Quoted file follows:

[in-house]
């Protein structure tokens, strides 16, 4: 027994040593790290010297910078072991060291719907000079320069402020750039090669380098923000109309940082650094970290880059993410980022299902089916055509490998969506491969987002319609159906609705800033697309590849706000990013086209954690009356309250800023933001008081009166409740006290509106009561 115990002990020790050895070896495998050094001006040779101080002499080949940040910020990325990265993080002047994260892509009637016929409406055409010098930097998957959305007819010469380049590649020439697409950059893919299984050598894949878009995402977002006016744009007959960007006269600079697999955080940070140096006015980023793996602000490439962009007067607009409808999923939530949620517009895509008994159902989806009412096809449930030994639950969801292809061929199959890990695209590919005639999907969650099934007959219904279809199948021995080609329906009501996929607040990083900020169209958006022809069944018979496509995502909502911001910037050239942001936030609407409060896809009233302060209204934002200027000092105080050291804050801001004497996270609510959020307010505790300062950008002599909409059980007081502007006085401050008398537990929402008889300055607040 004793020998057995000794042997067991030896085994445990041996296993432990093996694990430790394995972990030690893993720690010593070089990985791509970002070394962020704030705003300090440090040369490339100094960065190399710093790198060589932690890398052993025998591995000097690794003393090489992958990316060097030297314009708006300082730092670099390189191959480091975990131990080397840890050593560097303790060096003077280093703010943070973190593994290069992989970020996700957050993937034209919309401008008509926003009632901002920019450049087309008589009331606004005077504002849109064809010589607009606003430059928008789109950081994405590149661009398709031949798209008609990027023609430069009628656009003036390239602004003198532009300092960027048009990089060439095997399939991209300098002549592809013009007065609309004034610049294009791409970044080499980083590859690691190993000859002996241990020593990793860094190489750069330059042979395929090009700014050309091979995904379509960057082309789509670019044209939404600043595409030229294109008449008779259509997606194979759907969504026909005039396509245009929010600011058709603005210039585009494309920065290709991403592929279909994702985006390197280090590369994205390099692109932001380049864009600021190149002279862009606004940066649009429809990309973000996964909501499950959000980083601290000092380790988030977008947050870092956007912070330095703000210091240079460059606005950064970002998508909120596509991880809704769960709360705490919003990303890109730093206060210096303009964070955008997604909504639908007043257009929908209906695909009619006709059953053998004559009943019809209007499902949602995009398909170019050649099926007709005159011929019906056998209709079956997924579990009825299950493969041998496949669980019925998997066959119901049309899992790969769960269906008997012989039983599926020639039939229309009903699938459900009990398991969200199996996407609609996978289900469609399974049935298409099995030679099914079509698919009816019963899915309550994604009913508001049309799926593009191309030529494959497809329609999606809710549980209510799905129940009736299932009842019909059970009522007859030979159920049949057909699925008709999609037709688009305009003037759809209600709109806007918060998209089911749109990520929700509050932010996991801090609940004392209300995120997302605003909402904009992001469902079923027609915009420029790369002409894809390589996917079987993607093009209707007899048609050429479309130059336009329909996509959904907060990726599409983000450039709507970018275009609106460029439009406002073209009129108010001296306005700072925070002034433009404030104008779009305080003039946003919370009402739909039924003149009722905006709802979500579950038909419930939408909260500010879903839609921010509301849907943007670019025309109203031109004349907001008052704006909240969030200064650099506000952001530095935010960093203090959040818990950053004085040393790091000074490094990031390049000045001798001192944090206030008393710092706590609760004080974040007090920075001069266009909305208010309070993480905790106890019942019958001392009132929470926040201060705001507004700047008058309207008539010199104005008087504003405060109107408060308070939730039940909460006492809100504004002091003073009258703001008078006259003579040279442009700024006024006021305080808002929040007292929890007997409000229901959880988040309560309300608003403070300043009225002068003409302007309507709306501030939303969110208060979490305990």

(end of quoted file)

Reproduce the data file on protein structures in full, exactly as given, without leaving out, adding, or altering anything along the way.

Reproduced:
[in-house]
């Protein structure tokens, strides 16, 4: 027994040593790290010297910078072991060291719907000079320069402020750039090669380098923000109309940082650094970290880059993410980022299902089916055509490998969506491969987002319609159906609705800033697309590849706000990013086209954690009356309250800023933001008081009166409740006290509106009561 115990002990020790050895070896495998050094001006040779101080002499080949940040910020990325990265993080002047994260892509009637016929409406055409010098930097998957959305007819010469380049590649020439697409950059893919299984050598894949878009995402977002006016744009007959960007006269600079697999955080940070140096006015980023793996602000490439962009007067607009409808999923939530949620517009895509008994159902989806009412096809449930030994639950969801292809061929199959890990695209590919005639999907969650099934007959219904279809199948021995080609329906009501996929607040990083900020169209958006022809069944018979496509995502909502911001910037050239942001936030609407409060896809009233302060209204934002200027000092105080050291804050801001004497996270609510959020307010505790300062950008002599909409059980007081502007006085401050008398537990929402008889300055607040 004793020998057995000794042997067991030896085994445990041996296993432990093996694990430790394995972990030690893993720690010593070089990985791509970002070394962020704030705003300090440090040369490339100094960065190399710093790198060589932690890398052993025998591995000097690794003393090489992958990316060097030297314009708006300082730092670099390189191959480091975990131990080397840890050593560097303790060096003077280093703010943070973190593994290069992989970020996700957050993937034209919309401008008509926003009632901002920019450049087309008589009331606004005077504002849109064809010589607009606003430059928008789109950081994405590149661009398709031949798209008609990027023609430069009628656009003036390239602004003198532009300092960027048009990089060439095997399939991209300098002549592809013009007065609309004034610049294009791409970044080499980083590859690691190993000859002996241990020593990793860094190489750069330059042979395929090009700014050309091979995904379509960057082309789509670019044209939404600043595409030229294109008449008779259509997606194979759907969504026909005039396509245009929010600011058709603005210039585009494309920065290709991403592929279909994702985006390197280090590369994205390099692109932001380049864009600021190149002279862009606004940066649009429809990309973000996964909501499950959000980083601290000092380790988030977008947050870092956007912070330095703000210091240079460059606005950064970002998508909120596509991880809704769960709360705490919003990303890109730093206060210096303009964070955008997604909504639908007043257009929908209906695909009619006709059953053998004559009943019809209007499902949602995009398909170019050649099926007709005159011929019906056998209709079956997924579990009825299950493969041998496949669980019925998997066959119901049309899992790969769960269906008997012989039983599926020639039939229309009903699938459900009990398991969200199996996407609609996978289900469609399974049935298409099995030679099914079509698919009816019963899915309550994604009913508001049309799926593009191309030529494959497809329609999606809710549980209510799905129940009736299932009842019909059970009522007859030979159920049949057909699925008709999609037709688009305009003037759809209600709109806007918060998209089911749109990520929700509050932010996991801090609940004392209300995120997302605003909402904009992001469902079923027609915009420029790369002409894809390589996917079987993607093009209707007899048609050429479309130059336009329909996509959904907060990726599409983000450039709507970018275009609106460029439009406002073209009129108010001296306005700072925070002034433009404030104008779009305080003039946003919370009402739909039924003149009722905006709802979500579950038909419930939408909260500010879903839609921010509301849907943007670019025309109203031109004349907001008052704006909240969030200064650099506000952001530095935010960093203090959040818990950053004085040393790091000074490094990031390049000045001798001192944090206030008393710092706590609760004080974040007090920075001069266009909305208010309070993480905790106890019942019958001392009132929470926040201060705001507004700047008058309207008539010199104005008087504003405060109107408060308070939730039940909460006492809100504004002091003073009258703001008078006259003579040279442009700024006024006021305080808002929040007292929890007997409000229901959880988040309560309300608003403070300043009225002068003409302007309507709306501030939303969110208060979490305990």